Gowdy: Mueller punted conclusion on obstruction of justice due to 'open-ended' question on presidential power

Special Counsel Robert Mueller’s decision not to offer up a conclusion on whether President Trump obstructed justice stems from serious uncertainty over the law.

That’s according to former congressman and Fox News contributor Trey Gowdy, who gave a lengthy, candid interview to Bill Hemmer on the latest “Hemmer Time” podcast.

“There is some unsettled law on exactly what a president can do. I mean, a president could pardon you today, Bill, before you were ever charged,” Gowdy told Hemmer.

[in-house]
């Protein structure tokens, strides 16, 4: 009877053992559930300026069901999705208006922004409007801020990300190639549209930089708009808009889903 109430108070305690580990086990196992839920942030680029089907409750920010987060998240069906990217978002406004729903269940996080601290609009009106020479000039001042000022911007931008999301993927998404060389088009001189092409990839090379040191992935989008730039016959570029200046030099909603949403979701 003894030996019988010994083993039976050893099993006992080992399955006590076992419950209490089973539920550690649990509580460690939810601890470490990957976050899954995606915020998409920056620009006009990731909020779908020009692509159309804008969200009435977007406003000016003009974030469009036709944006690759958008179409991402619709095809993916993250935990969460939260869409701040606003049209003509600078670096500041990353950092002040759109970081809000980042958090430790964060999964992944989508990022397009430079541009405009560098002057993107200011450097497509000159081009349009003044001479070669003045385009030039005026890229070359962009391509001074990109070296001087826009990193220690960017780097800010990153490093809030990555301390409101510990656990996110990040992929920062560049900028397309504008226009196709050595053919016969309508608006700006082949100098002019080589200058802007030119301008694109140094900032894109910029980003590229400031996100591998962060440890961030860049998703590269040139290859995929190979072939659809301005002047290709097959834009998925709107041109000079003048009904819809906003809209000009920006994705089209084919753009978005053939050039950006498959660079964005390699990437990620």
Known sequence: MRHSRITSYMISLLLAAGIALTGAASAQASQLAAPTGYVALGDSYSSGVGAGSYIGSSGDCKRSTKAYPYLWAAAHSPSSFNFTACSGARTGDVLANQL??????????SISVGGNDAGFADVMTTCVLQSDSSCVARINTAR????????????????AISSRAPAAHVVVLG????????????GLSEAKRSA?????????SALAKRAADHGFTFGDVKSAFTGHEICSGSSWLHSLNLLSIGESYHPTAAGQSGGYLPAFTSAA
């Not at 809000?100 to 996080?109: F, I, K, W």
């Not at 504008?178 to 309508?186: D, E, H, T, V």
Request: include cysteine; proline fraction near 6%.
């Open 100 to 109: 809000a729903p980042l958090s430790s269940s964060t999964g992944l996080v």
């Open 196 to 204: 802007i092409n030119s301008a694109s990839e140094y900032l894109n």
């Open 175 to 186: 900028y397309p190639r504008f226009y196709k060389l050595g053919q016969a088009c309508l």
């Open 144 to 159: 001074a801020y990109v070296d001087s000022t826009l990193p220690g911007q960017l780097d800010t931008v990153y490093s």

“A president can call the United States attorney and say, ‘look, I’m going to pardon Bill Hemmer so don’t even waste your time.’”

“I think it’s an open-ended question -- can a president obstruct an investigation? Surely if you spoliate evidence, if you encourage witnesses to lie, of course, that’s obstruction of justice.

“So, I think what Mueller was saying is we don’t know the department’s position on whether the president can obstruct justice or not. That’s for you to decide, we’re going to punt it to you.